Read It All!

One method where the claimant’s attorney can control authorization of physicians is through the five-day rule under 440.13(2)(f). This statute states that where the claimant sets forth his request for his one-time change in treating physician, the employer/carrier must offer an alternative physician within 5 days. If the employer/carrier does not offer an alternative physician within 5 days, the claimant can designate the new authorized treating doctor. This statute has been construed to mean 5 consecutive days, not 5 business days.

Addressing the claim for a one-time change should not be a problem. Carriers need to be diligent and pay careful attention to communications from claimant’s counsel. A letter or facsimile from the claimant’s attorney asking for a one-time change is easy to address.

What many claimant attorneys are now doing, however, is hiding the request for the one-time change in a document where you would not expect it. An attorney may file a Petition for Benefits for TT/TP, and then at the bottom of the Petition where he sets forth the claim for fees and costs, he will also set forth a claim for a one-time change. This makes the request very easy to overlook.

We have heard of claimant attorneys filing a Request to Produce with requests for 30 or more documents. Item #23, for example, sets forth the claimant’s request for his one-time change in treating provider.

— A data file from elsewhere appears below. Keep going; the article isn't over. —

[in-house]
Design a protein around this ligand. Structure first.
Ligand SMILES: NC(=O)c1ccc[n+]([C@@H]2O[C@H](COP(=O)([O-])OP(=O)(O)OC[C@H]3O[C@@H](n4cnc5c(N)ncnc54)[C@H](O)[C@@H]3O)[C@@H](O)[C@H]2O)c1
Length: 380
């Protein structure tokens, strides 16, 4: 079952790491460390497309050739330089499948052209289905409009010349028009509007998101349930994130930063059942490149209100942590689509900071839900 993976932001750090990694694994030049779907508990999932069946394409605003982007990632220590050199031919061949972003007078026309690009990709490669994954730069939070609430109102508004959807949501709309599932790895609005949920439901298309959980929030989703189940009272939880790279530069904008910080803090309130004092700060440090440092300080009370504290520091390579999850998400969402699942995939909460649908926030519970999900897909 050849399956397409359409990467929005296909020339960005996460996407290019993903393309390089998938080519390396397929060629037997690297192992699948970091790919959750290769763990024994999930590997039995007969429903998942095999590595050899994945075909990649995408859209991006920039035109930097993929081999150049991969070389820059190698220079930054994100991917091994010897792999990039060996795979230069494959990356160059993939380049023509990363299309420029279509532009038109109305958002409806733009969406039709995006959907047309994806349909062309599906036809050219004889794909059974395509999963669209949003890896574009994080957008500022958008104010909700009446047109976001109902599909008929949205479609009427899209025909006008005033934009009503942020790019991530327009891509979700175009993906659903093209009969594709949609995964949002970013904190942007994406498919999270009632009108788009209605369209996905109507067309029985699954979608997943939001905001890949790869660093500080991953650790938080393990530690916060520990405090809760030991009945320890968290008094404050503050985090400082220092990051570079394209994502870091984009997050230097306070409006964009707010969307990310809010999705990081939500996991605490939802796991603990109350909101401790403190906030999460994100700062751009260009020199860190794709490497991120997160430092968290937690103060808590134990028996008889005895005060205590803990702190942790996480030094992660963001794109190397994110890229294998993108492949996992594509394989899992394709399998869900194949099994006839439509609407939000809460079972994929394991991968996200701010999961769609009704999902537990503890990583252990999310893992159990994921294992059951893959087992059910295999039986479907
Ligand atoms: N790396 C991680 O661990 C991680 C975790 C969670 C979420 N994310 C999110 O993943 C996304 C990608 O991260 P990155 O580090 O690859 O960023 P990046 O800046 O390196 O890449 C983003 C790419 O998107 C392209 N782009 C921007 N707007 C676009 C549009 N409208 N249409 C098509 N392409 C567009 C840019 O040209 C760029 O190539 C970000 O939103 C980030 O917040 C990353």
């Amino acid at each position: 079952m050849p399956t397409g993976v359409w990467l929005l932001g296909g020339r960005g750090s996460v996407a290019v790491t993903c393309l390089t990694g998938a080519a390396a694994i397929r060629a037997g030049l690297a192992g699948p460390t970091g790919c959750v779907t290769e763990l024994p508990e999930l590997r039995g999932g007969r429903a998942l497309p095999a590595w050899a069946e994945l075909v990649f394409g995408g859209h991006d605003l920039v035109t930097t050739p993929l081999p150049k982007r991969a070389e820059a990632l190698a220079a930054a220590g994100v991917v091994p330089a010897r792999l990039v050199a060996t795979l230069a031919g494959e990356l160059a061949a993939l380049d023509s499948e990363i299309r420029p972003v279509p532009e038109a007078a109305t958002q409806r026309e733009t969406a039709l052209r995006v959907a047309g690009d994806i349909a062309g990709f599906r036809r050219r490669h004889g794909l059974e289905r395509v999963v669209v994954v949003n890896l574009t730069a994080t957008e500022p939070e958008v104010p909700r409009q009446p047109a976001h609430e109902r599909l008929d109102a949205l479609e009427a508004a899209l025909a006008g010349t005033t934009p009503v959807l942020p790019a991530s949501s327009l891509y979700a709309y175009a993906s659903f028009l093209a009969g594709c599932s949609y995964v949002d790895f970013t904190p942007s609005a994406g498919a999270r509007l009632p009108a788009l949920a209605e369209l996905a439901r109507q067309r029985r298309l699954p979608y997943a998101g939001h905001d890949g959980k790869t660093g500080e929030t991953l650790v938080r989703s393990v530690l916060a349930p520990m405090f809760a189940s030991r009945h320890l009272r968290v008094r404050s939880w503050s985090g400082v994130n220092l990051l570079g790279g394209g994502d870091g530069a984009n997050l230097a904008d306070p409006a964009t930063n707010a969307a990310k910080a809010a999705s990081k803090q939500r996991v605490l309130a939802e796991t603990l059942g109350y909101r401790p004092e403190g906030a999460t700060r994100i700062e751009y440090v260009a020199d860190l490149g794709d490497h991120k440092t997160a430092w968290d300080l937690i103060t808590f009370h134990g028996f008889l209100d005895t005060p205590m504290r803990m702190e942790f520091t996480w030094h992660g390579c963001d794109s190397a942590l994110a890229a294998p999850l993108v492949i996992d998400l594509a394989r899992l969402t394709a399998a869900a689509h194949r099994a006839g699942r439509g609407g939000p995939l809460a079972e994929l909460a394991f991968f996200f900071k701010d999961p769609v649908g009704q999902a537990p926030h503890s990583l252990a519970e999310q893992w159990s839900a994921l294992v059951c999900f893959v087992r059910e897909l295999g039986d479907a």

I have advised previously about a technique where the claimant submits a very unsophisticated, hand-written document asking for his one-time change. This is often sent via facsimile from the claimant to the carrier. Since no attorney has yet made an appearance on the claimant’s behalf, the adjuster is lulled into complacency by thinking that an urgent response is not needed. What we find out later, however, is that the claimant was coached by his attorney to send his request for a one-time change. The attorney then starts counting the days and designates the authorized treating provider after the employer/carrier inadvertently allows 5 days to pass.

The claimant will occasionally send the facsimile from a Staples or FedEx store, but the facsimile is often sent from the office of the attorney who eventually appears on the claimant’s behalf. We discovered that the claimant is being advised “behind-the-scenes” by his attorney before we ever learn that an attorney is involved.

It is hard estimate how far this will go, and it seems likely that different JCCs will rule in different ways. If the claimant or his attorney send a letter or facsimile simply asking for a new treating physician, but the employer/carrier misses the 5 day deadline, there is not much that can be done about that. With this sort of “gotcha” technique, however, a question arises as to whether legal gamesmanship triumphs over application of the statute.

Look at everything sent from the claimant or his attorney very carefully to make sure that the request for a new treating physician is not carefully hidden. Where’s Waldo? He’s hidden at the bottom of the facsimile cover sheet!


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